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Intangible Assets

Intangible assets are defined as a category of assets that do not possess a physical existence. In other words,,,,,

Intangible assets are defined as a category of assets that do not possess a physical existence. In other words, intangible assets cannot be felt or touched. The intangible assets although devoid of any physical presence, work towards generating revenue for the business.

  • These assets can be created or can be acquired by the means of purchasing from a third party.
  • Valuation of intangible assets is difficult and they also provide unpredictable future benefits.
  • These assets are usually recorded at the cost of original purchase and are not adjusted over time. They appear on the balance sheet only if intangible assets are acquired.
  • These assets cannot be destroyed by fire, natural calamities like flood, etc, but they can be destroyed under certain circumstances.
Types of Intangible Assets
  • Identifiable intangible assets: The identifiable intangible assets are referred to as those assets that can be sold by the business and can also be separated from the business. The example of such intangible assets are trademark, patent, copyrights, etc.
  • Unidentifiable intangible assets: The unidentifiable intangible assets are referred to as those assets that cannot be physically separated from the business. The example of such an asset is goodwill.
Intangible assets: characteristics
  • Identifiable :
    • Easily distinguished from goodwill to be identifiable.
    • If the firm could rent, sell, trade, or distribute the asset’s specific future economic benefits without trading future economic benefits derived from other assets employed in the same revenue-generating activity, the asset is separable.
  • Controllable :
    • Restrict others’ access to such economic benefits.
    • The laws give companies control over future earnings from an intangible asset.
    • These are legal rights that can be enforced in a court of law.
    • However, just because a company’s right is legally enforceable does not mean they control the item.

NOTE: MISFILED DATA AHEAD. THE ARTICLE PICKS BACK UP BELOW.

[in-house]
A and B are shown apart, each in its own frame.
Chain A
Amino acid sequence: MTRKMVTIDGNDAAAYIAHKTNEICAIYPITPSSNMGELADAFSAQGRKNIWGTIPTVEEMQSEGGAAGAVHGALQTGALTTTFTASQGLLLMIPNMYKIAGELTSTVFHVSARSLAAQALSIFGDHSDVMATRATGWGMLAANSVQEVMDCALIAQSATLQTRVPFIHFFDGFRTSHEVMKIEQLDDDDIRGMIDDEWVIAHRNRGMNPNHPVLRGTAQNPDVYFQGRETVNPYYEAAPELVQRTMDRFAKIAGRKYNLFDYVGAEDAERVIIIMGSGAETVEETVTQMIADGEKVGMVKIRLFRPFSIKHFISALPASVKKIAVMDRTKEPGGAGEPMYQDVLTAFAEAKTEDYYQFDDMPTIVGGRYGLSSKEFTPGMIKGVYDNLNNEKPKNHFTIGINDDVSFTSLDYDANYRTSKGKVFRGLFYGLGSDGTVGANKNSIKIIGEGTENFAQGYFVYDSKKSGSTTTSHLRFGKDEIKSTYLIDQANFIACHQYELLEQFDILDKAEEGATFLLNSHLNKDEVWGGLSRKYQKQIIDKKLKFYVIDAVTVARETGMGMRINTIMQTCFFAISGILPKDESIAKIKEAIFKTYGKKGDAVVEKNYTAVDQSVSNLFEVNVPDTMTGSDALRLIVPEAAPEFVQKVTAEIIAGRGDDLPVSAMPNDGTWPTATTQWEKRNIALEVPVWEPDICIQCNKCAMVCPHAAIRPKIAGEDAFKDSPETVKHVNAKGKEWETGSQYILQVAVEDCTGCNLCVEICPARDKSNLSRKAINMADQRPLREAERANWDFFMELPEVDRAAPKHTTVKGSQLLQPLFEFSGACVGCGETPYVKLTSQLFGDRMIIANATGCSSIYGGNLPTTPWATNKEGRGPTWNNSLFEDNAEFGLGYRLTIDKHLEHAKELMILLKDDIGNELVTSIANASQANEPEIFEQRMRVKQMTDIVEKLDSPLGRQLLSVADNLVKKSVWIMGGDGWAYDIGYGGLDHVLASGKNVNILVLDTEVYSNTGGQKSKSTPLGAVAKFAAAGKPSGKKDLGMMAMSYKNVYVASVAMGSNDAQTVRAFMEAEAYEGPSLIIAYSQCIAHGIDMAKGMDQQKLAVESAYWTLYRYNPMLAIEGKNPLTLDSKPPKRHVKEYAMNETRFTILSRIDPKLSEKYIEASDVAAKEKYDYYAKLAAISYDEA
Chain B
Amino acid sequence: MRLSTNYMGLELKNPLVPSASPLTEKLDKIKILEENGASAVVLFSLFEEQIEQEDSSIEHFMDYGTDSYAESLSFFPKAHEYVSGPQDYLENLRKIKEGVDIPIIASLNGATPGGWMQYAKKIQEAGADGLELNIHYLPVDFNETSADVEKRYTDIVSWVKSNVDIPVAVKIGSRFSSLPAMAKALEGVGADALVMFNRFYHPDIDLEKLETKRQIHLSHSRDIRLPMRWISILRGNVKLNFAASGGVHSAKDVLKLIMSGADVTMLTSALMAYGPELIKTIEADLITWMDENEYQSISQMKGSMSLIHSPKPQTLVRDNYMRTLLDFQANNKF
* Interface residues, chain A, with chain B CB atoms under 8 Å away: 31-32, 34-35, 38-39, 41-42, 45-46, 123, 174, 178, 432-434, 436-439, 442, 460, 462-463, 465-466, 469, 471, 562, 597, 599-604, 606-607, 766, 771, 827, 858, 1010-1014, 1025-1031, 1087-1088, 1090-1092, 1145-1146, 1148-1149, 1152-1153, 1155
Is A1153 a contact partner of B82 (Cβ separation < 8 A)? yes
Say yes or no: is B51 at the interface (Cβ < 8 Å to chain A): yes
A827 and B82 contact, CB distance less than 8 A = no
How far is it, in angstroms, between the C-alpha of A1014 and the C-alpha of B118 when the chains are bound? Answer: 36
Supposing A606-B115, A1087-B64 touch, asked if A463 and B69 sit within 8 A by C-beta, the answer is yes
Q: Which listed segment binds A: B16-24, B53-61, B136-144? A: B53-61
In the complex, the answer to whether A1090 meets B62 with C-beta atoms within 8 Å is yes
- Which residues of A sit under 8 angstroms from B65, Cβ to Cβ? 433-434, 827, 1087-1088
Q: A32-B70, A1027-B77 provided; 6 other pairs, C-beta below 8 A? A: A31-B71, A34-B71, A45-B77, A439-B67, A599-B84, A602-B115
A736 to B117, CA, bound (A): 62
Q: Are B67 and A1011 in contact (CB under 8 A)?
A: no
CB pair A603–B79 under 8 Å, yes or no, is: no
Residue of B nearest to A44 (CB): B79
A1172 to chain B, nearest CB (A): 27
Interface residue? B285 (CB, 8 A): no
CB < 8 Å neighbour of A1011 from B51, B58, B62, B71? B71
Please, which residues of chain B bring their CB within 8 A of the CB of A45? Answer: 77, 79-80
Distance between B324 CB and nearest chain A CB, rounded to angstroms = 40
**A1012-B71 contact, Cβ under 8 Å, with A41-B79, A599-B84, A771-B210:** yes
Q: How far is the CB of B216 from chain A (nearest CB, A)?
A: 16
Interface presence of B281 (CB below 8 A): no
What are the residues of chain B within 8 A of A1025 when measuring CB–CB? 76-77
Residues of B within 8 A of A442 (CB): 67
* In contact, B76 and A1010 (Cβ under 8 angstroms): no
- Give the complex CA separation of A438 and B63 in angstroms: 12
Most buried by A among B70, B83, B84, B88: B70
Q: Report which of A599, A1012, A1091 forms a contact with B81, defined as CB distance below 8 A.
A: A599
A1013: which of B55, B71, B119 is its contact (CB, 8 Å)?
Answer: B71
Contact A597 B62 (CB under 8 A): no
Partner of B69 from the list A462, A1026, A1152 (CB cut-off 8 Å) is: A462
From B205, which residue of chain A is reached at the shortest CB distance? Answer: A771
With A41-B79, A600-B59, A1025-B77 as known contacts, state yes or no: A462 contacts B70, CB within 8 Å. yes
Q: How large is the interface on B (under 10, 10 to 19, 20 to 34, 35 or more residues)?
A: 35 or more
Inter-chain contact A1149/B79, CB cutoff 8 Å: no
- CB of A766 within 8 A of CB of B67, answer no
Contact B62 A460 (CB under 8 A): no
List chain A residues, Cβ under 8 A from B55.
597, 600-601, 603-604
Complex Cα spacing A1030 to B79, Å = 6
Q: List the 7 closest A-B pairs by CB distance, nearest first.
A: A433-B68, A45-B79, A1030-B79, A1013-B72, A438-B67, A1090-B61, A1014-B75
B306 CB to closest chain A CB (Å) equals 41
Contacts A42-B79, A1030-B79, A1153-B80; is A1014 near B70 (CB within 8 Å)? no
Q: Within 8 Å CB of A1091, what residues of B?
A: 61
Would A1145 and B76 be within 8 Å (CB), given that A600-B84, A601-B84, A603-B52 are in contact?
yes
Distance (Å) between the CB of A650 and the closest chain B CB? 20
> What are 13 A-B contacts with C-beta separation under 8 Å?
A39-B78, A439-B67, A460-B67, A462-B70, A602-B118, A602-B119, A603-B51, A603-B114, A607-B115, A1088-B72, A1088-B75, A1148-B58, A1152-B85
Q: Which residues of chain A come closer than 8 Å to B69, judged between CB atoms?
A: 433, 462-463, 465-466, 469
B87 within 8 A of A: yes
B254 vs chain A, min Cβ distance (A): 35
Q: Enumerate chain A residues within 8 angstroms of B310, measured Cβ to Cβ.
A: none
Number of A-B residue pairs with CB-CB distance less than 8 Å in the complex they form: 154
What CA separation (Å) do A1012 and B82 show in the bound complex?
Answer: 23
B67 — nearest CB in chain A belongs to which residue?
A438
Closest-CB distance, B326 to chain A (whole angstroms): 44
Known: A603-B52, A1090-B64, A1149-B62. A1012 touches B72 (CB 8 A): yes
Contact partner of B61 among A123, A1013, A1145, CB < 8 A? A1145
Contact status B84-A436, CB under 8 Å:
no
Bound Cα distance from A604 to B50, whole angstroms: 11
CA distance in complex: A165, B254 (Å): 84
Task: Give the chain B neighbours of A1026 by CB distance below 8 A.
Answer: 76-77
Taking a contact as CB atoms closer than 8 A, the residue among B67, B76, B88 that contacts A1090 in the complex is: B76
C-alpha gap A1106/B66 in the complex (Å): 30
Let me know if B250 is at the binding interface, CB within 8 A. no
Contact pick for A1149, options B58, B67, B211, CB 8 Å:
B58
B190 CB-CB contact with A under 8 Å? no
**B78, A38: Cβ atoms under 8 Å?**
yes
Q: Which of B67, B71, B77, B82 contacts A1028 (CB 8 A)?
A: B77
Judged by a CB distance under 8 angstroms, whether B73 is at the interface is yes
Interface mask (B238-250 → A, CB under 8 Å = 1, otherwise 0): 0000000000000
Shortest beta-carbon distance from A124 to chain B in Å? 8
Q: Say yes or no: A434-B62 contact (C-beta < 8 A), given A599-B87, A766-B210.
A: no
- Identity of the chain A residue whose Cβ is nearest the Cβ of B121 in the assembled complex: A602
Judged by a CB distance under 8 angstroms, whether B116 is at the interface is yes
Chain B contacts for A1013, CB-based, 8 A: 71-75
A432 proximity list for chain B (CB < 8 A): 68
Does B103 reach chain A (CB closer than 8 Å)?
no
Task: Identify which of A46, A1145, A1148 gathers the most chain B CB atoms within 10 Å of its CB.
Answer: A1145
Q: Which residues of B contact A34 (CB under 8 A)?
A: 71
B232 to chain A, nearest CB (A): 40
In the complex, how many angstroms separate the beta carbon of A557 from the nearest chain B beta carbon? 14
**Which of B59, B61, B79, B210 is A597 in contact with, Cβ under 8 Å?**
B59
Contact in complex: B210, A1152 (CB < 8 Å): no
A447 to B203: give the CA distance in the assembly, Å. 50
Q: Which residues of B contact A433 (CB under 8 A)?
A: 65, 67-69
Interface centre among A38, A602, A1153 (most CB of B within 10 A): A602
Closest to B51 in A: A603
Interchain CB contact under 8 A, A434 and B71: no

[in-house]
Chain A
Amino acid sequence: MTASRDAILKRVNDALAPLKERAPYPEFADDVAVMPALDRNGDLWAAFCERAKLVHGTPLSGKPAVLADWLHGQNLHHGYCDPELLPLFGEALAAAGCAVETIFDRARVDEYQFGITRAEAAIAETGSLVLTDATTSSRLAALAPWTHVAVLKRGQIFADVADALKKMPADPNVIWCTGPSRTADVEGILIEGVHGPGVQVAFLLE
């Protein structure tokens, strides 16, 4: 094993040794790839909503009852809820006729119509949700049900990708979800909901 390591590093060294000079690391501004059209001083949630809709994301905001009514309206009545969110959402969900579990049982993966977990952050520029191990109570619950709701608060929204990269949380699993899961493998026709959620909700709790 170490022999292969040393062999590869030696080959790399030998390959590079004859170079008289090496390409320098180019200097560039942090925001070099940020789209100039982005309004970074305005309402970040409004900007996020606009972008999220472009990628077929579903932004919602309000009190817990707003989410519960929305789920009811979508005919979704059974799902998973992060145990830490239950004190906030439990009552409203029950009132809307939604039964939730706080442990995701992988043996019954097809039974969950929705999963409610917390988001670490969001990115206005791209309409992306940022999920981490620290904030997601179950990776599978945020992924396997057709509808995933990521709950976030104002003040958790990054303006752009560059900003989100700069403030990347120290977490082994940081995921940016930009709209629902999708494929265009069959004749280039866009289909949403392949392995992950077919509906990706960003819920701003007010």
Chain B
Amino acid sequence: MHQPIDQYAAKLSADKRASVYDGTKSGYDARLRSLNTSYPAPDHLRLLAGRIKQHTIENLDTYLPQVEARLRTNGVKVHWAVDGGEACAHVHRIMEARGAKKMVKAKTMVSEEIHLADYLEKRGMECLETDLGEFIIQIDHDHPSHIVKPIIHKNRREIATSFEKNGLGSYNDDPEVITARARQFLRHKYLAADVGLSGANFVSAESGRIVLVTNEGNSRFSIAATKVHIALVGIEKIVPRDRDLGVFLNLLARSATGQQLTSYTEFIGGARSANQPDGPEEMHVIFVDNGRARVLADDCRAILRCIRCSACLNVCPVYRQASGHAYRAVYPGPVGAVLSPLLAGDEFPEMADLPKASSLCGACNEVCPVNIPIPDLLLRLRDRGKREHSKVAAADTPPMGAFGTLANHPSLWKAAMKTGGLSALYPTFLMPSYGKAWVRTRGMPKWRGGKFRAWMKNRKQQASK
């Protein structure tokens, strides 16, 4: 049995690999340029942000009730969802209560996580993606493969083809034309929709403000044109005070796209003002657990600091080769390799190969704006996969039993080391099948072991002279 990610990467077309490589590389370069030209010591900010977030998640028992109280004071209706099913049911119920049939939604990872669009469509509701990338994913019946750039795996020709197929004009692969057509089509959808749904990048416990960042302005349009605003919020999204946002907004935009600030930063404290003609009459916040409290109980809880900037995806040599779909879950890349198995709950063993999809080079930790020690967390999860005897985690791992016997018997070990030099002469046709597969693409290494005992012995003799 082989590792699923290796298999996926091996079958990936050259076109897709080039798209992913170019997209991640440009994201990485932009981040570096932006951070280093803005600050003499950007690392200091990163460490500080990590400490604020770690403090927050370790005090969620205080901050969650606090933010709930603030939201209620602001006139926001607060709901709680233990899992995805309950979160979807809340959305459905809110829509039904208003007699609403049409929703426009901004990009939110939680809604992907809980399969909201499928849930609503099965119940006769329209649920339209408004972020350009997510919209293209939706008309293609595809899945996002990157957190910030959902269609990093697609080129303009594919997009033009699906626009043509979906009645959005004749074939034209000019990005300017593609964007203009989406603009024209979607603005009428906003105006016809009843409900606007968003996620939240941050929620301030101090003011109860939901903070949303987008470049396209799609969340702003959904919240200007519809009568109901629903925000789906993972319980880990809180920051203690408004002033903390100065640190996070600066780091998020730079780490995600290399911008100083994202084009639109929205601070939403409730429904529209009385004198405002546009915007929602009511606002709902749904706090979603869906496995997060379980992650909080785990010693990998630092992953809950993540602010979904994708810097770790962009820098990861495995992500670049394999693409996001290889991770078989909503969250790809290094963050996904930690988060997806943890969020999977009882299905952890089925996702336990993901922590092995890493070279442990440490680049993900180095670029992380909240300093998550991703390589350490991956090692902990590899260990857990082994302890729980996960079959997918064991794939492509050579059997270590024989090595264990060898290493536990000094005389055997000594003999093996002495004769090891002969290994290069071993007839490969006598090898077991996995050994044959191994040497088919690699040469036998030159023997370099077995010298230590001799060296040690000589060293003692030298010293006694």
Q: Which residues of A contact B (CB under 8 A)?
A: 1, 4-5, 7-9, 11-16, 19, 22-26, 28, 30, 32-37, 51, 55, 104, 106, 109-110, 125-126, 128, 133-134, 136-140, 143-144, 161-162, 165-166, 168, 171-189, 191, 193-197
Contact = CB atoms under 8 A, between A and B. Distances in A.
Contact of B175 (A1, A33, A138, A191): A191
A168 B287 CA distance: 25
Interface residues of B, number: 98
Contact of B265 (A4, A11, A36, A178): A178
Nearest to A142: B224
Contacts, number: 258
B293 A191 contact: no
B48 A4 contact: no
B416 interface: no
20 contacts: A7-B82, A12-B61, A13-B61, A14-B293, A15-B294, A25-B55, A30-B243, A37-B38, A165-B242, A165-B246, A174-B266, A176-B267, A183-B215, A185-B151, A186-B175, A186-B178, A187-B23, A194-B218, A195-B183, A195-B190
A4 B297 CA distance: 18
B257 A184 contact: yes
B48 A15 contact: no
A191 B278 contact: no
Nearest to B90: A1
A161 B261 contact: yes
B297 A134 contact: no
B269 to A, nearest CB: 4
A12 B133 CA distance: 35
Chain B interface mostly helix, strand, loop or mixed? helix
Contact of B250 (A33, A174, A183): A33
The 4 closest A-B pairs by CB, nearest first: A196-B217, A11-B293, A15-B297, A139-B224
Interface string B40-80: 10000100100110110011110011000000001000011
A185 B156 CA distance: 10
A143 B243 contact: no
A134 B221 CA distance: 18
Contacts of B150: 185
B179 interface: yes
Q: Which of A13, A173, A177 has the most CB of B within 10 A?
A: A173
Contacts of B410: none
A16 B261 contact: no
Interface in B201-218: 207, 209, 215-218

• Capability to generate future economic benefits:
    • It can assist your company in several ways in the future.
    • This could be revenue via the sale of goods or services, cost savings, or other incentives from the firm’s asset use are examples of future economic benefits arising from an intangible asset.
    • Example : utilising intellectual property in a manufacturing process may lower future production costs rather than enhance future income.

Intangible assets examples 

1) Goodwill 
  • Goodwill is the most prevalent type of intangible.
  • In general, it is the premium paid for the purchase of a business to gain market power. It has an infinite lifespan and does not need to be amortised over time.
2) Contractual Agreement 
  • Contract-based intangible assets represent the value of rights deriving from contractual arrangements.
  • They meet the contractual legal condition, such arrangements are easily identified.
  • Any contacts listed below may be categorised as intangible if they are estimated to result in future cash flow or intangible liability for the contracting party.
  1. Licence agreements
  2. Supply agreements
  3. Exploration rights
  4. Use rights
  5. Lease agreements
3) Patents 
  • A company or individual can use patents for 20 years.
  • A patent is a combination of rights granted by a nation to an inventor for a limited period instead of detailed disclosure of an invention.
  • They contribute to the company’s cash flows by enhancing the products made by the concern and the royalty income when licensed out.
4) Copyrights 
  • Copyrights safeguard plays, literary works, musical works, photos, photographs, and audiovisual materials in general.
  • On granting permission for the use of copyright property, the copyright owner gets paid a royalty or payment.
  • Because a creative asset has no commercial counterpart, valuing them is particularly difficult.
5) Trademarks 
  • A trademark is a distinctive sign, design, or expression that distinguishes a particular source’s product or services from those of others.
  • A trademark is the only way to identify the commercial origins of a product.
  • It improves cash flow by raising sales volume or charging the owner a premium for the brand.

Also Read : ‘Lightweight’ payments system

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